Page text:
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Everyone was in place for the hearing in Atlanta immigration court: the Guinean man hoping to stay in the U.S., his attorney, a prosecutor, a translator and the judge. But because of some missing paperwork, it was all for nothing.

When the government attorney said he hadn't received the case file, Judge J. Dan Pelletier rescheduled the proceeding. Everybody would have to come back another day.

The sudden delay was just one example of the inefficiency witnessed by an Associated Press writer who observed hearings over two days in one of the nation's busiest immigration courts. And that case is one of more than half a million weighing down court dockets across the country as President Donald Trump steps up enforcement of immigration laws.

Even before Trump became president, the nation's immigration courts were burdened with a record number of pending cases, a shortage of judges and frequent bureaucratic breakdowns. Cases involving immigrants not in custody commonly take two years to resolve and sometimes as many as five.

The backlog and insufficient resources are problems stretching back at least a decade, said San Francisco Immigration Judge Dana Marks, speaking as the president of the National Association of Immigration Judges.


Government employees in California cannot keep the public from seeing their work-related emails and texts sent on personal devices and through private accounts, the California Supreme Court ruled unanimously Thursday, closing a loophole that justices said could have allowed the "most sensitive and potentially damning" communications to be shielded.

With the ruling, California joins a growing list of states that treat public business done through private accounts as public records.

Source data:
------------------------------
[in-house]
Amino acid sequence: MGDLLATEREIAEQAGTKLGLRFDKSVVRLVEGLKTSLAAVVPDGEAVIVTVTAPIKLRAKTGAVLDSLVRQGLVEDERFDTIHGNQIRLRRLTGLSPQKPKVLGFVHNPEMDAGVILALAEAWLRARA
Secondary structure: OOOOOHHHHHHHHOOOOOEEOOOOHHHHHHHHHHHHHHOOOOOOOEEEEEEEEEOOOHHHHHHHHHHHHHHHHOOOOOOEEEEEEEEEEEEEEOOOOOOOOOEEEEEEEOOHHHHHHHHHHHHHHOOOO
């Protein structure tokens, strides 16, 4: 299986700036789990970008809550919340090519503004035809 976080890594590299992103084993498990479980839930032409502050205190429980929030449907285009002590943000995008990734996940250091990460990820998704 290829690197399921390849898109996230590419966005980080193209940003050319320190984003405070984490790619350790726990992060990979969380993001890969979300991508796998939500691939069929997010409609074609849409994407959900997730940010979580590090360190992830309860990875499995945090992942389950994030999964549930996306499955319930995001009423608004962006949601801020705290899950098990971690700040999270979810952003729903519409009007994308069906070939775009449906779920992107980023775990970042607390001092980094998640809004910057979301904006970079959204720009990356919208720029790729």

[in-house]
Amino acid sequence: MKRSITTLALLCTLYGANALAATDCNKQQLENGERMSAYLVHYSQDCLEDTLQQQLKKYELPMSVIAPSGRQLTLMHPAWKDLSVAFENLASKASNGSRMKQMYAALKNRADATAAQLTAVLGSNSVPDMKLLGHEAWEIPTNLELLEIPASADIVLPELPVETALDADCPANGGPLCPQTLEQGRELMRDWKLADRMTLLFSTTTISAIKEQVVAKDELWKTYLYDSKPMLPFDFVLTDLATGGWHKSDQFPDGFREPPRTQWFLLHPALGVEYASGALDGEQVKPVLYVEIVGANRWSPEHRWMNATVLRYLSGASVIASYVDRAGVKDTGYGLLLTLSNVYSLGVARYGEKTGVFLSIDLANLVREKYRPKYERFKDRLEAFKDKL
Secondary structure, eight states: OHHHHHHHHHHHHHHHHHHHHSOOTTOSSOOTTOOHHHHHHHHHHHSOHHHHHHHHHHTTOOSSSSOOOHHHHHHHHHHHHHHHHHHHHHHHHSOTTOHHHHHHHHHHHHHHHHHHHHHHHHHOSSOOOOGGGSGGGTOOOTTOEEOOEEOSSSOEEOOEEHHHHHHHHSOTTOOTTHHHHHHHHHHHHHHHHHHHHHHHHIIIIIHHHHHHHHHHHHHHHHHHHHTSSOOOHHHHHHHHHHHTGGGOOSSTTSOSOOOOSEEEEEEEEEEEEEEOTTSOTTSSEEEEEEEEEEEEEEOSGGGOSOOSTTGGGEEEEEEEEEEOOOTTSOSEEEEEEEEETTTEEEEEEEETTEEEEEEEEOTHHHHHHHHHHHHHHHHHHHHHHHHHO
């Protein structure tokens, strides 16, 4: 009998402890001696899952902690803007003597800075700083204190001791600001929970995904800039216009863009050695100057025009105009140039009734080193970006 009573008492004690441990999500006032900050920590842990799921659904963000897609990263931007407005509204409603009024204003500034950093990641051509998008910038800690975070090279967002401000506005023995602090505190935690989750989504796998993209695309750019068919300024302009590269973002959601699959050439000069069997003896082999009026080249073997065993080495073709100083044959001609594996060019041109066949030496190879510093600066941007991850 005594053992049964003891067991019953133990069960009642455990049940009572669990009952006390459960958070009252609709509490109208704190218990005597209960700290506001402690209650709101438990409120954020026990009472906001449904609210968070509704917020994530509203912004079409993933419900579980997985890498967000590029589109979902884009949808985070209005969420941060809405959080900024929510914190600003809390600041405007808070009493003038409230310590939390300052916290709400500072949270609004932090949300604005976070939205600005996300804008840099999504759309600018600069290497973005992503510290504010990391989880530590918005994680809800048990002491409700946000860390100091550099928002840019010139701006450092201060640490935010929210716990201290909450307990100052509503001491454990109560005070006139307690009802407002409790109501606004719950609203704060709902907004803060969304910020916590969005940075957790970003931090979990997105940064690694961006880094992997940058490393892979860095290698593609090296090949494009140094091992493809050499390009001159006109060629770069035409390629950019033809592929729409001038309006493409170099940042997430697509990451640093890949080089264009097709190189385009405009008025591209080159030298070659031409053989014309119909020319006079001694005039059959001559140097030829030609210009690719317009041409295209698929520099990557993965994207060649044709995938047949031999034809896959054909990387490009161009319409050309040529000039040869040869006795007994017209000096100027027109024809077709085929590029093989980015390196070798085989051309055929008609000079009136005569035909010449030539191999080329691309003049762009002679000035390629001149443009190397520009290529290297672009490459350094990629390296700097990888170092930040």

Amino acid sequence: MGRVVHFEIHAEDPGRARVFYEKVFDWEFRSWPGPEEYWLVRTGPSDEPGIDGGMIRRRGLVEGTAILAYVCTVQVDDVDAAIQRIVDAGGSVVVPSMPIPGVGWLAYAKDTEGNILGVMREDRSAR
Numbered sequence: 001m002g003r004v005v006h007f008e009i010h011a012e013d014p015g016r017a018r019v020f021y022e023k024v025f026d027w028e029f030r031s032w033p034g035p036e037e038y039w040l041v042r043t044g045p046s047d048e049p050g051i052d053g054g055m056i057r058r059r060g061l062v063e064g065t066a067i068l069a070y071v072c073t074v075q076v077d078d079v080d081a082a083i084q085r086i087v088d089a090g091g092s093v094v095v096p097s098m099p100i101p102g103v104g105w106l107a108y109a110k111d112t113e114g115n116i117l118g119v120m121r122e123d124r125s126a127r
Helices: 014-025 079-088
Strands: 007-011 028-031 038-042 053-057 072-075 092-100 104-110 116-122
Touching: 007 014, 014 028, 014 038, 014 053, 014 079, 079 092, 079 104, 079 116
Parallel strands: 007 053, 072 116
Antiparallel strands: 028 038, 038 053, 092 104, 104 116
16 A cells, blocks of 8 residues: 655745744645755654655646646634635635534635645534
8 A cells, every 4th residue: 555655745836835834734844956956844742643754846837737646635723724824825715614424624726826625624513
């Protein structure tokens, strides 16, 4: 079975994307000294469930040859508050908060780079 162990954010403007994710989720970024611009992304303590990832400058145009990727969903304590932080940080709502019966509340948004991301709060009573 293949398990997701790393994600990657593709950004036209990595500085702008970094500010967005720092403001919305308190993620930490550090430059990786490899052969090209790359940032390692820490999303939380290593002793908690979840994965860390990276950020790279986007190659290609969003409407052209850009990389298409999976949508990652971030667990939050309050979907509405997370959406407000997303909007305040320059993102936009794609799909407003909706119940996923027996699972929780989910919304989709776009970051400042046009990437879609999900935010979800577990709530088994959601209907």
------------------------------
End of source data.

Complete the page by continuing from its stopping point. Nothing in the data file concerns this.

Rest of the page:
"This ruling is a model for giving government transparency laws meaning in the digital age," said Matthew Cagle, an attorney at the American Civil Liberties Union of Northern California, which filed a brief in the case.

The ruling came in a lawsuit against the city of San Jose. City Attorney Richard Doyle said he was not surprised by the decision and did not plan to challenge it. But he said it raised practical challenges for cities and counties.


The state Supreme Court will hear arguments over the constitutionality of an Ohio student's backpack search that authorities say led first to the discovery of bullets and later a gun.

At issue before the high court is whether a second search of the backpack violated the student's privacy rights, which are generally weaker inside school walls.

The court scheduled arguments for Wednesday morning. Prosecutors in Franklin County appealed after two lower courts tossed out the evidence because of the second search.

A security official at a Columbus city high school searched the backpack in 2013 after it was found on a bus. The official conducted a second search after he recalled the student had alleged gang ties. That search led to finding a gun on the student.



Maryland's ban on 45 kinds of assault weapons and its 10-round limit on gun magazines were upheld Tuesday by a federal appeals court in a decision that met with a strongly worded dissent.

In a 10-4 ruling, the 4th U.S. Circuit Court of Appeals in Richmond, Va., said the guns banned under Maryland's law aren't protected by the Second Amendment.

"Put simply, we have no power to extend Second Amendment protections to weapons of war," Judge Robert King wrote for the court, adding that the Supreme Court's decision in District of Columbia v. Heller explicitly excluded such coverage.

Maryland Attorney General Brian Frosh, who led the push for the law in 2013 as a state senator, said it's "unthinkable that these weapons of war, weapons that caused the carnage in Newtown and in other communities across the country, would be protected by the Second Amendment."

"It's a very strong opinion, and it has national significance, both because it's en-banc and for the strength of its decision," Frosh said, noting that all of the court's judges participated.

Judge William Traxler issued a dissent. By concluding the Second Amendment doesn't even apply, Traxler wrote, the majority "has gone to greater lengths than any other court to eviscerate the constitutionally guaranteed right to keep and bear arms." He also wrote that the court did not apply a strict enough review on the constitutionality of the law.

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